Bend down thy soul in pray’r,
Let others flatter crime where it sits thron'd
Yet pause and plunge
I would not quit
Call up the fiends! The hour of torture has now reached the Titan: all that it is frightful to conceive, and terrible to suffer; all of external and internal terror, which preys so bitterly as well on body as on mind, are now heaped on the immortal philanthropist. It is such sufferings as these that Liberty in a state of enthralment has to undergo. To chain the body is nothing, unless the mind be chained with it, and it is only by addressing the mind through the darkened medium of external terrors, that the triumph over Liberty is to be consummated. In this trial an exalted imagination exerts its purest influence. The prisoner, who bodies shapes and scenes out of his dungeon's dark obscurity, has gone far to make captivity endurable. Relying on the gentle impulses of imagination, and peopling his solitude with a thousand forms of Love and Pity, he may calmly resign himself to his fate. Shelley gave a full developement to this selfsustaining power, when he makes purer Spirits throng from the “ world. surrounding æther,” to console the Titan after the Furies' departure. Look at the two following pictures ; for fierce, fiend-like hatred on one side, and tender, spiritualized melancholy, which is not, however, without a certain under-current of consolation, on the other ; they are unrivalled.
It is torn!
The pale stars of the morn
Joy! joy! jog!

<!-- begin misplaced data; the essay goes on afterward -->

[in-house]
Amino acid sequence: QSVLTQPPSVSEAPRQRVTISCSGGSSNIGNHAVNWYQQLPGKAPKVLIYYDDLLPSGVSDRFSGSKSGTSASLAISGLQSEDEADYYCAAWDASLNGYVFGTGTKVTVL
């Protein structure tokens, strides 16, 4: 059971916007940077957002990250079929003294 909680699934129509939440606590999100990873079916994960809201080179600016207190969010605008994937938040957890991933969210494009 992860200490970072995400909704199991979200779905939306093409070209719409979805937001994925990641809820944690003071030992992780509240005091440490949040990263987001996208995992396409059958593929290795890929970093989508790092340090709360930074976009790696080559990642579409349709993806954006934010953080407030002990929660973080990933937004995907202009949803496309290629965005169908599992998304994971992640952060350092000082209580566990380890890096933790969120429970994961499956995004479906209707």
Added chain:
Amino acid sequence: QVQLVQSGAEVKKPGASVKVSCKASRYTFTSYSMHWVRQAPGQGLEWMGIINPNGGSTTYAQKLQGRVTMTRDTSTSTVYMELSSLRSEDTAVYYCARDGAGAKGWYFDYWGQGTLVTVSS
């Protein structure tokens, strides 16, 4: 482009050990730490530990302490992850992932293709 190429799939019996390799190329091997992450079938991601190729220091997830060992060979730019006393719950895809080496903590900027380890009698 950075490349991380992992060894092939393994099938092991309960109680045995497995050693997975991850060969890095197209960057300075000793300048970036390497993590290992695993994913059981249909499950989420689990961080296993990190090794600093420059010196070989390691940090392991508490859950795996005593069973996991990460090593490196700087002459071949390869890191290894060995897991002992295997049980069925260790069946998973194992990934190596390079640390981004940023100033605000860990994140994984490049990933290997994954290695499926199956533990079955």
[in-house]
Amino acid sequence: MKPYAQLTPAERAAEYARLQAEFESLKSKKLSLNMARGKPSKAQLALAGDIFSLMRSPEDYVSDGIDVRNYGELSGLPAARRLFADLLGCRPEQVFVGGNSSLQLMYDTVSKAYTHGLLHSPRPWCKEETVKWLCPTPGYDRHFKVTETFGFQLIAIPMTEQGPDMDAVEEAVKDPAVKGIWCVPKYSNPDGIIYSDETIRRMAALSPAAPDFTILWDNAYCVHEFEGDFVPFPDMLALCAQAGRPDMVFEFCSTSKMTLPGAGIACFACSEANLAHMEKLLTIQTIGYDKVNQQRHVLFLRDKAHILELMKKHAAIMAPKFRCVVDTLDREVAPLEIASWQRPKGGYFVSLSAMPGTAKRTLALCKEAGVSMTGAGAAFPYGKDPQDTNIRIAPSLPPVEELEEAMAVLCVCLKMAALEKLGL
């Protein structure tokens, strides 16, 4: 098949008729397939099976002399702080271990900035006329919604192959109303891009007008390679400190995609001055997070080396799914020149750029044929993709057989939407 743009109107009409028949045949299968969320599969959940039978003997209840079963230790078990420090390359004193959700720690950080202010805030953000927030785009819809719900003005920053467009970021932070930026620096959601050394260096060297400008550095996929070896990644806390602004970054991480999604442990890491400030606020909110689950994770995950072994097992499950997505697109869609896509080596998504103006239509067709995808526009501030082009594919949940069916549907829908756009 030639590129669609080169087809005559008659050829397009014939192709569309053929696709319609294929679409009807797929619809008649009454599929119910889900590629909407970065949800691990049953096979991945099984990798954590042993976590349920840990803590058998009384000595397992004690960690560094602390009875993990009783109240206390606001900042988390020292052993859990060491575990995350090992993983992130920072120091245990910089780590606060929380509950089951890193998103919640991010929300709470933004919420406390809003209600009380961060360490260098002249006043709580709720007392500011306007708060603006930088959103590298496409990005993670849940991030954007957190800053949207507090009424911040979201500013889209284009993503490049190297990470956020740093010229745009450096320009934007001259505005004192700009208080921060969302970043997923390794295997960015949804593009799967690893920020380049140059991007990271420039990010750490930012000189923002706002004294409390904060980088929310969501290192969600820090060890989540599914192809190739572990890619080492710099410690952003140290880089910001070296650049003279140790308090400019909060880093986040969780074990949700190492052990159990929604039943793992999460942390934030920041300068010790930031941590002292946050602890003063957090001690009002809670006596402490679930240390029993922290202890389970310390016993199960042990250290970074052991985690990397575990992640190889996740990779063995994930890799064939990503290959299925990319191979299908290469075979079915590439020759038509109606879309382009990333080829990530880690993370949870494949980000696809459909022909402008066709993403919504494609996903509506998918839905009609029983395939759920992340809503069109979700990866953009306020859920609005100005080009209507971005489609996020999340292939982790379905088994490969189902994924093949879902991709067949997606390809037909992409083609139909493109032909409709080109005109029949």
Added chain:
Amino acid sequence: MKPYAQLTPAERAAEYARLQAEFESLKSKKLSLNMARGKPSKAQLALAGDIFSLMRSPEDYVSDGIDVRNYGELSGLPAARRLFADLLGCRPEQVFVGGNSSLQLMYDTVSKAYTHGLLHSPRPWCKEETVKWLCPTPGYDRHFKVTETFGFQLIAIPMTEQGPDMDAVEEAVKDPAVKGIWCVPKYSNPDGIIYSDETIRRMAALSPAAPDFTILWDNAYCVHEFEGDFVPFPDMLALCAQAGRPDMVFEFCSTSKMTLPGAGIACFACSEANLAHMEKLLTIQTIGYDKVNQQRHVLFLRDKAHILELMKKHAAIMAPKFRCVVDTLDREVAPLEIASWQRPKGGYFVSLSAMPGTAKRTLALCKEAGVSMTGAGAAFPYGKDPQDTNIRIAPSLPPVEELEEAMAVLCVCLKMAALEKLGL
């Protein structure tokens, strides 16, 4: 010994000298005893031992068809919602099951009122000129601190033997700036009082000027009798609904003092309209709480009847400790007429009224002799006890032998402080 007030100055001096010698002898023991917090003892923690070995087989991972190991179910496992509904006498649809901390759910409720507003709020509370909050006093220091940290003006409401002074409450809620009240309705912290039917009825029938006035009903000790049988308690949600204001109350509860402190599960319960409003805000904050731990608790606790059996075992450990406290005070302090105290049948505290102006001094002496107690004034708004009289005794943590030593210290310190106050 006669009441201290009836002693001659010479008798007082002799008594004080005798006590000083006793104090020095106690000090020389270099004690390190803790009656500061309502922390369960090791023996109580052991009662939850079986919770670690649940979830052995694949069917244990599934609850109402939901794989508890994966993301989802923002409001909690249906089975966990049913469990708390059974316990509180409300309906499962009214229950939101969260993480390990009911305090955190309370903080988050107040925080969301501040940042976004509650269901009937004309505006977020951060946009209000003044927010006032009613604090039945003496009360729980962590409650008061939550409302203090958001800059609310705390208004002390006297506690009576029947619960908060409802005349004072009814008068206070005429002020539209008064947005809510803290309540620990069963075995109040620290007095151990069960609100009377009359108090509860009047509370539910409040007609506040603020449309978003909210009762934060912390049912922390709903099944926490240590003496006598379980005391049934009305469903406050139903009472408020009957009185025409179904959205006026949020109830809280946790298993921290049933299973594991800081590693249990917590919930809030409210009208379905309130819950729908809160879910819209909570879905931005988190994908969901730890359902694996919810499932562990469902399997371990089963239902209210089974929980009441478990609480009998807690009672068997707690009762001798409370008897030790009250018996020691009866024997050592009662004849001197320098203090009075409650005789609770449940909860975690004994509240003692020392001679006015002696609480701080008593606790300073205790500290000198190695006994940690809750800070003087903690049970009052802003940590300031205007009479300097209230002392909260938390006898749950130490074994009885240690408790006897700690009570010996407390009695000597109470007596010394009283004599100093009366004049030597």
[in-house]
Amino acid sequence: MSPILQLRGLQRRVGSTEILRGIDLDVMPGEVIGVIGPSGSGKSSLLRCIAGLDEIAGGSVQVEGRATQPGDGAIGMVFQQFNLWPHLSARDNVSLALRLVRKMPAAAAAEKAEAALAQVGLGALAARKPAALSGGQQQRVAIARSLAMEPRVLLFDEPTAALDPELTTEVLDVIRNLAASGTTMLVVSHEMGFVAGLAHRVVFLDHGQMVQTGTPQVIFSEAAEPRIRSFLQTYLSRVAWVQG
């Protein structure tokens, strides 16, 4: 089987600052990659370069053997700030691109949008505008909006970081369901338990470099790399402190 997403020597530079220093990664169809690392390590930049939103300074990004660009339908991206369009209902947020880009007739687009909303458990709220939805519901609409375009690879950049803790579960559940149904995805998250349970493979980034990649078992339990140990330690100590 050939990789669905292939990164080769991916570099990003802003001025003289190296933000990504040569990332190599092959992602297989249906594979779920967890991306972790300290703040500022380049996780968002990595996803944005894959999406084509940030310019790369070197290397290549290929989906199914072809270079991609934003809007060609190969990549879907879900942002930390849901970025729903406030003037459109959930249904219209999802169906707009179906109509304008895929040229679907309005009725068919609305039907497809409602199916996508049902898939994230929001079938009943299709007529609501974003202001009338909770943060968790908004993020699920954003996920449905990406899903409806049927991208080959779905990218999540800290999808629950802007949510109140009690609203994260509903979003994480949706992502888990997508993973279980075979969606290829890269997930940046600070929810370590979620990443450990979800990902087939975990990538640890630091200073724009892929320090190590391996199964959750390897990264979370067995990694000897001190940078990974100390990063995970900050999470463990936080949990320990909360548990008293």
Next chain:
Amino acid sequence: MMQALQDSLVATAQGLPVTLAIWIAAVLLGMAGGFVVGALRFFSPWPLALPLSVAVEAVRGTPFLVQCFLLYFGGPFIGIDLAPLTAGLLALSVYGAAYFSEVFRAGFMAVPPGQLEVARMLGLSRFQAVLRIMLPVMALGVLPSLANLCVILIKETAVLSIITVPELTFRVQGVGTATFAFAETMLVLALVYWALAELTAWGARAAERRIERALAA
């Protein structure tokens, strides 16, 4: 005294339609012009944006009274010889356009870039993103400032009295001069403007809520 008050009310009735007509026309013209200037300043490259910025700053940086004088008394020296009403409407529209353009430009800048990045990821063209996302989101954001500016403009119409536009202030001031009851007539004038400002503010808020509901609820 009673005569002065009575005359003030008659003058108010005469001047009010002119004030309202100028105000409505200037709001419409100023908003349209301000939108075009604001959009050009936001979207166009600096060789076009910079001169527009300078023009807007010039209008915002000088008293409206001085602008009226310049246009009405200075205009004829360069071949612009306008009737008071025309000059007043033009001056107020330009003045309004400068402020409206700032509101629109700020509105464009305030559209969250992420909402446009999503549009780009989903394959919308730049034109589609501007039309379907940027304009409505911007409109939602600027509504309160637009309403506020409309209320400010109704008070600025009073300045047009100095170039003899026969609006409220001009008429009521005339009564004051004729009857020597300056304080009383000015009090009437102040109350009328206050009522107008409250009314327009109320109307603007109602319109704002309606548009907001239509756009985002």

The tender hopes, which in their hearts, the best and gentlest bear." We must really pause here. We have said that of all modern poets, Shelley was best adapted to replace the lost drama of Æschylus, but we are not blind to the faults of the drama he has given us. As far, indeed, as our quotations have gone, it is grand, well-sustained, even, to a certain degree, sublime, but when the tortures of Jove have wasted them. selves, an hour of calm melancholy precedes the advent of the hero, Hercules, who is to rescue Freedom from its chains; instead of condemning and simplifying, Shelley has drawn his “Prometheus unbound" to a tedious length, introducing a monstrous shadow, called Demogorgon, and soaring farther than reason or truth can follow into the regions of phantasy. Yet are there other parts of real beauty in the Prometheus of Shelley,--as a drama, and in this remark we also include his “ Hellas,' whose subject and style is nearly similar, it is a failure ; but, as a wild, unconnected, ideal poem, developing, with a master's hand, the most precious stores of the English language, it will be read by posterity, ages hence, with wonder and admiration.